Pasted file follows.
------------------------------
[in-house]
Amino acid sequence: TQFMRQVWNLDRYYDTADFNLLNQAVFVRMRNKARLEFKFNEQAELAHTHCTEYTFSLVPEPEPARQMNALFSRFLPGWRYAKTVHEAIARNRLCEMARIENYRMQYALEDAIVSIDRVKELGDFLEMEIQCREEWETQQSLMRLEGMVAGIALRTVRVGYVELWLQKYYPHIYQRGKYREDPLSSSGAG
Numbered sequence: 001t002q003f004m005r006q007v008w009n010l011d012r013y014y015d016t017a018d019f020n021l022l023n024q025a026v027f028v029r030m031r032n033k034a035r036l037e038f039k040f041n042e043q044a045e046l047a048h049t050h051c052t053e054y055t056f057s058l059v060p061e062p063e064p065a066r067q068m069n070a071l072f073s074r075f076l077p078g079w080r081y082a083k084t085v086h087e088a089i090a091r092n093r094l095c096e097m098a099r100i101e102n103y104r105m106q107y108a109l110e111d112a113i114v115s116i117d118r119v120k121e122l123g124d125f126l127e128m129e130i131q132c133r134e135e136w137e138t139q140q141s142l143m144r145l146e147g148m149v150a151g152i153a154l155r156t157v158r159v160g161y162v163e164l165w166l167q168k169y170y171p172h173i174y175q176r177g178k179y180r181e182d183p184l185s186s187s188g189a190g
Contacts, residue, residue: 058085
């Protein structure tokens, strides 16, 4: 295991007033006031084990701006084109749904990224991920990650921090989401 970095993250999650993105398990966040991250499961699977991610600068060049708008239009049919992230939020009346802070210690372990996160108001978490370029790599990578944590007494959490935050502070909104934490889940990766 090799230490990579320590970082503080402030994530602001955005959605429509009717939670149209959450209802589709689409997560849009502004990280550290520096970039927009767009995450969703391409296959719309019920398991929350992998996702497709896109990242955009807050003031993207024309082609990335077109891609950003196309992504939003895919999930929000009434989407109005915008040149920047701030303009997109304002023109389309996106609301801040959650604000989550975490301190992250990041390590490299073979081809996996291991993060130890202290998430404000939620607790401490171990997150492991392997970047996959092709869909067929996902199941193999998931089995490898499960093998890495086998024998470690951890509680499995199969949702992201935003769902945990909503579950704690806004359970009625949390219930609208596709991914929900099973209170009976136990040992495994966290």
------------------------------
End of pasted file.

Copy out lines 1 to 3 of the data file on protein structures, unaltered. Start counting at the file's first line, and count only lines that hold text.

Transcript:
[in-house]
Amino acid sequence: TQFMRQVWNLDRYYDTADFNLLNQAVFVRMRNKARLEFKFNEQAELAHTHCTEYTFSLVPEPEPARQMNALFSRFLPGWRYAKTVHEAIARNRLCEMARIENYRMQYALEDAIVSIDRVKELGDFLEMEIQCREEWETQQSLMRLEGMVAGIALRTVRVGYVELWLQKYYPHIYQRGKYREDPLSSSGAG
Numbered sequence: 001t002q003f004m005r006q007v008w009n010l011d012r013y014y015d016t017a018d019f020n021l022l023n024q025a026v027f028v029r030m031r032n033k034a035r036l037e038f039k040f041n042e043q044a045e046l047a048h049t050h051c052t053e054y055t056f057s058l059v060p061e062p063e064p065a066r067q068m069n070a071l072f073s074r075f076l077p078g079w080r081y082a083k084t085v086h087e088a089i090a091r092n093r094l095c096e097m098a099r100i101e102n103y104r105m106q107y108a109l110e111d112a113i114v115s116i117d118r119v120k121e122l123g124d125f126l127e128m129e130i131q132c133r134e135e136w137e138t139q140q141s142l143m144r145l146e147g148m149v150a151g152i153a154l155r156t157v158r159v160g161y162v163e164l165w166l167q168k169y170y171p172h173i174y175q176r177g178k179y180r181e182d183p184l185s186s187s188g189a190g